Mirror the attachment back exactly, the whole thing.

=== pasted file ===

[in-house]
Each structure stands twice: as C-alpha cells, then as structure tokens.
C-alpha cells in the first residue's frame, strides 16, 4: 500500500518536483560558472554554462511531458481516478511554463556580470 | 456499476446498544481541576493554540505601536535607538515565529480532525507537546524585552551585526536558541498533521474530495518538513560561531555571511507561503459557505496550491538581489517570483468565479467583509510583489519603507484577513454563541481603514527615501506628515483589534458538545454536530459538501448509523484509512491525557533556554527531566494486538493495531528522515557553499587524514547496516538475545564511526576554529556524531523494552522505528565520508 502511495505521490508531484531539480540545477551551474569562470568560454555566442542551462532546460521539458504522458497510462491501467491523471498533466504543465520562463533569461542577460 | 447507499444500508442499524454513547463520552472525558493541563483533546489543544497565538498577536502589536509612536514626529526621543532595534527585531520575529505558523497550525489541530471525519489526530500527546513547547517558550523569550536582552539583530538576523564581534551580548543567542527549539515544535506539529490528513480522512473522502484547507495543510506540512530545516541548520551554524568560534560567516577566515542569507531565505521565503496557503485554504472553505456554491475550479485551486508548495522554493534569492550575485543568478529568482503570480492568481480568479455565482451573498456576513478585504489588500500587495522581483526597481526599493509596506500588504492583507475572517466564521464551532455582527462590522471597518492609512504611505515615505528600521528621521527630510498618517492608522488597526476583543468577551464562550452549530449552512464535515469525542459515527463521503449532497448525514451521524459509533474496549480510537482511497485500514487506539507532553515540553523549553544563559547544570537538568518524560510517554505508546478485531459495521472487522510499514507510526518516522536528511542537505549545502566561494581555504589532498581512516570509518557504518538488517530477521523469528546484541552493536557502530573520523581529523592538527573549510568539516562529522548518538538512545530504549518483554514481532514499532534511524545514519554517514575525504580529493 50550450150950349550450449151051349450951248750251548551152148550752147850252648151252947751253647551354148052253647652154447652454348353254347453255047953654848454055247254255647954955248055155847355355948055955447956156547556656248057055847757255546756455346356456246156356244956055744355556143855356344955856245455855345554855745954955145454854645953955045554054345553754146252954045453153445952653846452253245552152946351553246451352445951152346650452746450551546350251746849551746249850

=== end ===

[in-house]
Each structure stands twice: as C-alpha cells, then as structure tokens.
C-alpha cells in the first residue's frame, strides 16, 4: 500500500518536483560558472554554462511531458481516478511554463556580470 | 456499476446498544481541576493554540505601536535607538515565529480532525507537546524585552551585526536558541498533521474530495518538513560561531555571511507561503459557505496550491538581489517570483468565479467583509510583489519603507484577513454563541481603514527615501506628515483589534458538545454536530459538501448509523484509512491525557533556554527531566494486538493495531528522515557553499587524514547496516538475545564511526576554529556524531523494552522505528565520508 502511495505521490508531484531539480540545477551551474569562470568560454555566442542551462532546460521539458504522458497510462491501467491523471498533466504543465520562463533569461542577460 | 447507499444500508442499524454513547463520552472525558493541563483533546489543544497565538498577536502589536509612536514626529526621543532595534527585531520575529505558523497550525489541530471525519489526530500527546513547547517558550523569550536582552539583530538576523564581534551580548543567542527549539515544535506539529490528513480522512473522502484547507495543510506540512530545516541548520551554524568560534560567516577566515542569507531565505521565503496557503485554504472553505456554491475550479485551486508548495522554493534569492550575485543568478529568482503570480492568481480568479455565482451573498456576513478585504489588500500587495522581483526597481526599493509596506500588504492583507475572517466564521464551532455582527462590522471597518492609512504611505515615505528600521528621521527630510498618517492608522488597526476583543468577551464562550452549530449552512464535515469525542459515527463521503449532497448525514451521524459509533474496549480510537482511497485500514487506539507532553515540553523549553544563559547544570537538568518524560510517554505508546478485531459495521472487522510499514507510526518516522536528511542537505549545502566561494581555504589532498581512516570509518557504518538488517530477521523469528546484541552493536557502530573520523581529523592538527573549510568539516562529522548518538538512545530504549518483554514481532514499532534511524545514519554517514575525504580529493 50550450150950349550450449151051349450951248750251548551152148550752147850252648151252947751253647551354148052253647652154447652454348353254347453255047953654848454055247254255647954955248055155847355355948055955447956156547556656248057055847757255546756455346356456246156356244956055744355556143855356344955856245455855345554855745954955145454854645953955045554054345553754146252954045453153445952653846452253245552152946351553246451352445951152346650452746450551546350251746849551746249850